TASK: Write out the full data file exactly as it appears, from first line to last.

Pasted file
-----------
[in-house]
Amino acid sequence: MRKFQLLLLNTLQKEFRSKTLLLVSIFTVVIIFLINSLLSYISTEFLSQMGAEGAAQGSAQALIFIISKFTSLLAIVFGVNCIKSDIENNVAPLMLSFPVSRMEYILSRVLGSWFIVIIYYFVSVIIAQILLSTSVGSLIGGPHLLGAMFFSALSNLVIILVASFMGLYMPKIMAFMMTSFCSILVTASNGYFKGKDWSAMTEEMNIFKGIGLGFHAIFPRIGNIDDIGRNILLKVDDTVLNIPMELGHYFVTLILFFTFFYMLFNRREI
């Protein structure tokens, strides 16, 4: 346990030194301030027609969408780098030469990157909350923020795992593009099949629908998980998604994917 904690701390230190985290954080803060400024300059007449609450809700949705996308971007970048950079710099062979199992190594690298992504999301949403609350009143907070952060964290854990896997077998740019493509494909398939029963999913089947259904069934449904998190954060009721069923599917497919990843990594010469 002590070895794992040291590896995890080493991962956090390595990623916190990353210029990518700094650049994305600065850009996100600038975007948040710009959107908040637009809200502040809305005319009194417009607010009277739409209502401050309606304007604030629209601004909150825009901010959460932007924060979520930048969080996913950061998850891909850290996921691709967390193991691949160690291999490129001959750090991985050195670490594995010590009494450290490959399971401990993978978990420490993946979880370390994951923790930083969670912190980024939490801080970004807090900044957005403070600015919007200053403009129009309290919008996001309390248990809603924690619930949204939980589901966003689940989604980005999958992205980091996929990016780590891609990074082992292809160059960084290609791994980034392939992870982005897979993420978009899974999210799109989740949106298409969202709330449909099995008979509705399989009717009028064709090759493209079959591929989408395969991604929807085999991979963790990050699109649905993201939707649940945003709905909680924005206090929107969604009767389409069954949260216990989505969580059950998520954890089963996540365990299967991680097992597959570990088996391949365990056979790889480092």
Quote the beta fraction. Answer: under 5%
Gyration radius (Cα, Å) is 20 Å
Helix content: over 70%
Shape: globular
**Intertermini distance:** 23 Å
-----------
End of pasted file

[in-house]
Amino acid sequence: MRKFQLLLLNTLQKEFRSKTLLLVSIFTVVIIFLINSLLSYISTEFLSQMGAEGAAQGSAQALIFIISKFTSLLAIVFGVNCIKSDIENNVAPLMLSFPVSRMEYILSRVLGSWFIVIIYYFVSVIIAQILLSTSVGSLIGGPHLLGAMFFSALSNLVIILVASFMGLYMPKIMAFMMTSFCSILVTASNGYFKGKDWSAMTEEMNIFKGIGLGFHAIFPRIGNIDDIGRNILLKVDDTVLNIPMELGHYFVTLILFFTFFYMLFNRREI
């Protein structure tokens, strides 16, 4: 346990030194301030027609969408780098030469990157909350923020795992593009099949629908998980998604994917 904690701390230190985290954080803060400024300059007449609450809700949705996308971007970048950079710099062979199992190594690298992504999301949403609350009143907070952060964290854990896997077998740019493509494909398939029963999913089947259904069934449904998190954060009721069923599917497919990843990594010469 002590070895794992040291590896995890080493991962956090390595990623916190990353210029990518700094650049994305600065850009996100600038975007948040710009959107908040637009809200502040809305005319009194417009607010009277739409209502401050309606304007604030629209601004909150825009901010959460932007924060979520930048969080996913950061998850891909850290996921691709967390193991691949160690291999490129001959750090991985050195670490594995010590009494450290490959399971401990993978978990420490993946979880370390994951923790930083969670912190980024939490801080970004807090900044957005403070600015919007200053403009129009309290919008996001309390248990809603924690619930949204939980589901966003689940989604980005999958992205980091996929990016780590891609990074082992292809160059960084290609791994980034392939992870982005897979993420978009899974999210799109989740949106298409969202709330449909099995008979509705399989009717009028064709090759493209079959591929989408395969991604929807085999991979963790990050699109649905993201939707649940945003709905909680924005206090929107969604009767389409069954949260216990989505969580059950998520954890089963996540365990299967991680097992597959570990088996391949365990056979790889480092």
Quote the beta fraction. Answer: under 5%
Gyration radius (Cα, Å) is 20 Å
Helix content: over 70%
Shape: globular
**Intertermini distance:** 23 Å